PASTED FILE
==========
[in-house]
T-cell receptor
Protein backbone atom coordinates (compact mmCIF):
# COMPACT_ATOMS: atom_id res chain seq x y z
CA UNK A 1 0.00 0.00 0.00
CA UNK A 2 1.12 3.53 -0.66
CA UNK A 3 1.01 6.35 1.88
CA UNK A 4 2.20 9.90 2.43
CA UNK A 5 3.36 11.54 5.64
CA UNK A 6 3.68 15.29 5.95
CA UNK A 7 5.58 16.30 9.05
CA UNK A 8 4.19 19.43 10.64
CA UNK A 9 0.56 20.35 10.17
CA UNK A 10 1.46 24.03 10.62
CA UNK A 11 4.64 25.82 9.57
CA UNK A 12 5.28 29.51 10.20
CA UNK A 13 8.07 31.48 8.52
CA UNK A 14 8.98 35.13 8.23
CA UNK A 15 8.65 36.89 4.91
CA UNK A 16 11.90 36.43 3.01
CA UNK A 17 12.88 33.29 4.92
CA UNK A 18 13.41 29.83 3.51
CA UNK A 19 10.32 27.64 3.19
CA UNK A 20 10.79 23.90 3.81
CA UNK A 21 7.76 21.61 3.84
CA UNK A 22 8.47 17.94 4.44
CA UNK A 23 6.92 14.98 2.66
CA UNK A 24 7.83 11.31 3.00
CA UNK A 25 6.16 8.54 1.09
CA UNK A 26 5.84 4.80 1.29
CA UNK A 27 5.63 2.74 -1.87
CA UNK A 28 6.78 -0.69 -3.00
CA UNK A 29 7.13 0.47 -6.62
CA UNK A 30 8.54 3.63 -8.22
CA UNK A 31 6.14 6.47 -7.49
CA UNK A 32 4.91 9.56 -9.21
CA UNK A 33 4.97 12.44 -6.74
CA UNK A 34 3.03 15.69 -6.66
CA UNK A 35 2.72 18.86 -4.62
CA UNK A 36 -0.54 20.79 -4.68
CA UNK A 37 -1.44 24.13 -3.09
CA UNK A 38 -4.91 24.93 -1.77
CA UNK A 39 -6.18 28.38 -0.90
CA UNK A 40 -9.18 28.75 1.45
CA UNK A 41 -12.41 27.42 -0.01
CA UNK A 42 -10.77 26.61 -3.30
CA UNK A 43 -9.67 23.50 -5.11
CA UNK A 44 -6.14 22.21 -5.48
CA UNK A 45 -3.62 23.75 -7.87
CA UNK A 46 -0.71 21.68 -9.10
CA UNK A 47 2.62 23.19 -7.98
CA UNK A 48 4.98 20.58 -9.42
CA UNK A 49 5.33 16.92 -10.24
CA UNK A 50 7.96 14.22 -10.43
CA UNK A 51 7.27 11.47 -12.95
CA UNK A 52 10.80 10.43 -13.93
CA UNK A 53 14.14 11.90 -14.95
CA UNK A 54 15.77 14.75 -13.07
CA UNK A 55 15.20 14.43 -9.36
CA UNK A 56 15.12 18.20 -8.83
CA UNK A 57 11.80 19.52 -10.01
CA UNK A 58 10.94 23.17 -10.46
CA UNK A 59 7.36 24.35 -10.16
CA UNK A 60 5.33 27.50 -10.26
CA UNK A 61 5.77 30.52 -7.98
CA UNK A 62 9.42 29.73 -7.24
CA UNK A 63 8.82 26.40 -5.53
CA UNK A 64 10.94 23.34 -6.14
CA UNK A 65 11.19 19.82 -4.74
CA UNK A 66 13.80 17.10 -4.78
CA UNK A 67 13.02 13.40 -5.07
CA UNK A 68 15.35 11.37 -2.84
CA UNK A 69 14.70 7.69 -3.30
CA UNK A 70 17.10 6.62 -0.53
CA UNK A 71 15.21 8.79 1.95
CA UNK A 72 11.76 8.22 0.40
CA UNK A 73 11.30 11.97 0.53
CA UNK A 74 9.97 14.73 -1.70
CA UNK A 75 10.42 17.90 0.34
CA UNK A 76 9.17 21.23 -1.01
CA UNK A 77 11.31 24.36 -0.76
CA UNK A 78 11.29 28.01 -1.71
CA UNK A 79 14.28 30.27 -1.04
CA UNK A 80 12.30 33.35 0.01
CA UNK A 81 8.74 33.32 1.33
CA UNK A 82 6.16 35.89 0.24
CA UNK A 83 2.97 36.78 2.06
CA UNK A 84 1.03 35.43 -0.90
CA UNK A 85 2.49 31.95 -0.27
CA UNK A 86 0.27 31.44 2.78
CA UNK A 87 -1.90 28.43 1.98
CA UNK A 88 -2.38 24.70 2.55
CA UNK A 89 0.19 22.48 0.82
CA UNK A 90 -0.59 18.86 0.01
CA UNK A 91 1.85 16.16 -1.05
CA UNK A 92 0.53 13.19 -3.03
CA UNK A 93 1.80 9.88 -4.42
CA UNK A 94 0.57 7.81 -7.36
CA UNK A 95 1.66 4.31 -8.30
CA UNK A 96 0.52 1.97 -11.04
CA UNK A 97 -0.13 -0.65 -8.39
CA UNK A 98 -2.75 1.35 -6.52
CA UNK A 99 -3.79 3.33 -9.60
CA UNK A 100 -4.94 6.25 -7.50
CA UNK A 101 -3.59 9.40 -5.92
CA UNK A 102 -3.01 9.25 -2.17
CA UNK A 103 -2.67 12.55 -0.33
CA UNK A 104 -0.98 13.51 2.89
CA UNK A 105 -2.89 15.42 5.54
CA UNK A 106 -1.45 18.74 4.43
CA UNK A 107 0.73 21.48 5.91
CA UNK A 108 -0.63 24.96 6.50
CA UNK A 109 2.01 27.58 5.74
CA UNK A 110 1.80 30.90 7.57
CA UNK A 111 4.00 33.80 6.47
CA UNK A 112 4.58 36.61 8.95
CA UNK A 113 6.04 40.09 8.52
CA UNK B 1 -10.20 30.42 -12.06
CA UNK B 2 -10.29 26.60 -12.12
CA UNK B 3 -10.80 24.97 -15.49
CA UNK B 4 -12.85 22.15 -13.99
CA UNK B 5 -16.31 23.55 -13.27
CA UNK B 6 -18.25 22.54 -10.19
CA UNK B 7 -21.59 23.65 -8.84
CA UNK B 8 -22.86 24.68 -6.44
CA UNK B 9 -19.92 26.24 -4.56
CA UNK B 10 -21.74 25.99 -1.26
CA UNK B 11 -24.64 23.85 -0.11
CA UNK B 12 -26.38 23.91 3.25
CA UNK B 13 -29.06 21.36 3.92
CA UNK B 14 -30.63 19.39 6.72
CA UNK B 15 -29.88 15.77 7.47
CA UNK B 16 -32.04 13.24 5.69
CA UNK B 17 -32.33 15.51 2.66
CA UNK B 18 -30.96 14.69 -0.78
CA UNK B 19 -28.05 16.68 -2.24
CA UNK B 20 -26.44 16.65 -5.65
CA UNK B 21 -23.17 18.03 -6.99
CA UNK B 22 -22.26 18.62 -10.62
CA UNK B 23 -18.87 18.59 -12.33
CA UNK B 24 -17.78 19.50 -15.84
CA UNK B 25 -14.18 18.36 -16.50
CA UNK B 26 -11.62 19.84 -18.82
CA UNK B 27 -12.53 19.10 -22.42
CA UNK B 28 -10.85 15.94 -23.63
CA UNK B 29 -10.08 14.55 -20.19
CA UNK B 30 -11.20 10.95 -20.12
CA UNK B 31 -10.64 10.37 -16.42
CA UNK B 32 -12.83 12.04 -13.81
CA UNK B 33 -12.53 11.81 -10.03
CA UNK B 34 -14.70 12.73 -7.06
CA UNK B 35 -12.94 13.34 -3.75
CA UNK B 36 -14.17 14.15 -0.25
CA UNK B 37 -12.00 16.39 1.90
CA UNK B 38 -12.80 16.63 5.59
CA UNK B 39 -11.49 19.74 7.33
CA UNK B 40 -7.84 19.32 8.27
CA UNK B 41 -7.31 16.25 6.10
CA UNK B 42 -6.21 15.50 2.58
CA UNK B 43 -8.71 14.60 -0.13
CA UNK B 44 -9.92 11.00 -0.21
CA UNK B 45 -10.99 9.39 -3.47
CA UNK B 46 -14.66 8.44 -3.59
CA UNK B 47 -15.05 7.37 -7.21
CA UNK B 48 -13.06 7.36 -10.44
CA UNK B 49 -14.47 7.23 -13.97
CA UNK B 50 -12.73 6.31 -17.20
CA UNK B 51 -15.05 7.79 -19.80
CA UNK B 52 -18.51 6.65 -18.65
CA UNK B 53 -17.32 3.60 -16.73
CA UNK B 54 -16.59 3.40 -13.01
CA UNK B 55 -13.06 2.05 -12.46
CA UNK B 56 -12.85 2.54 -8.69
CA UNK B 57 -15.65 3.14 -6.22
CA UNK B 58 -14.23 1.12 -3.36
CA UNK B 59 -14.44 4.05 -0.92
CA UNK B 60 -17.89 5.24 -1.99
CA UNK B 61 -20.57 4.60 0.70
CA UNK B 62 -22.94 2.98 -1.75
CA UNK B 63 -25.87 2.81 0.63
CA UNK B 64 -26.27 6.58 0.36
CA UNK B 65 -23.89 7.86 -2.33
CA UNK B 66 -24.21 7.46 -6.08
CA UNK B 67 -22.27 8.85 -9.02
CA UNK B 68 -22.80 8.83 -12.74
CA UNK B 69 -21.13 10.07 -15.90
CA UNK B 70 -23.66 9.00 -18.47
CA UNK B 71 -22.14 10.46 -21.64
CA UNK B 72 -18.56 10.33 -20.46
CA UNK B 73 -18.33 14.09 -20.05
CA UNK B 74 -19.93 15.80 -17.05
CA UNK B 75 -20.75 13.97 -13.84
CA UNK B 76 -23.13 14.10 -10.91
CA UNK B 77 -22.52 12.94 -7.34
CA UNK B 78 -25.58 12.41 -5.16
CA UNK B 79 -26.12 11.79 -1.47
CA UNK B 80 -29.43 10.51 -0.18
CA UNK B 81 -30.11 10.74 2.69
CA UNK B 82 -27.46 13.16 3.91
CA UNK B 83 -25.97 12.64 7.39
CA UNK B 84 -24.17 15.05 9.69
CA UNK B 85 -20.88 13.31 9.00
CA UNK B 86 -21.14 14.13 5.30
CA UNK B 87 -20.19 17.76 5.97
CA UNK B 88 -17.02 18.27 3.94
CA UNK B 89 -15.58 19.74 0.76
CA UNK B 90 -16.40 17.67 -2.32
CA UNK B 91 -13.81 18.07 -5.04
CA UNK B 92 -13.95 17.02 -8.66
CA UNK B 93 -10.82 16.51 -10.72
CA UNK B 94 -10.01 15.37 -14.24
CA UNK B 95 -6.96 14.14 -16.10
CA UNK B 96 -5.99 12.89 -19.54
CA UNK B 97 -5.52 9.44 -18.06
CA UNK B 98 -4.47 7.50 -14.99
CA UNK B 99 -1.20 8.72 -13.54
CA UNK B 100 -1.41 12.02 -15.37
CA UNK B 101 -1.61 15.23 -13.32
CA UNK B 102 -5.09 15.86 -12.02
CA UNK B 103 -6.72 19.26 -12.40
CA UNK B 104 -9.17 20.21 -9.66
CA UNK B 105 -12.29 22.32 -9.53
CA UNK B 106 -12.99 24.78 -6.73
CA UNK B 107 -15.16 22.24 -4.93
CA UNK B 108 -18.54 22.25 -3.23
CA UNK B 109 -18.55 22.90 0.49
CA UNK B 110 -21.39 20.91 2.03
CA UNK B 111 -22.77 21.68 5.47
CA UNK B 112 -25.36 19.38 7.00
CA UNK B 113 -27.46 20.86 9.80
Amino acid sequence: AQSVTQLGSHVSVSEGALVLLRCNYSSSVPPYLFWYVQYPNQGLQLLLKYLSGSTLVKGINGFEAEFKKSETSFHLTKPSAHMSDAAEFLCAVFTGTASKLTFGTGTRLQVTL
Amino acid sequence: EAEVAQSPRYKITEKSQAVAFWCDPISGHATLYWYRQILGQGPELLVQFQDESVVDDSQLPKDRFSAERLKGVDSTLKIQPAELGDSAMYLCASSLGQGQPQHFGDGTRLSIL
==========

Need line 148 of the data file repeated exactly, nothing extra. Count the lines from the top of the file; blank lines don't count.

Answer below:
CA UNK B 31 -10.64 10.37 -16.42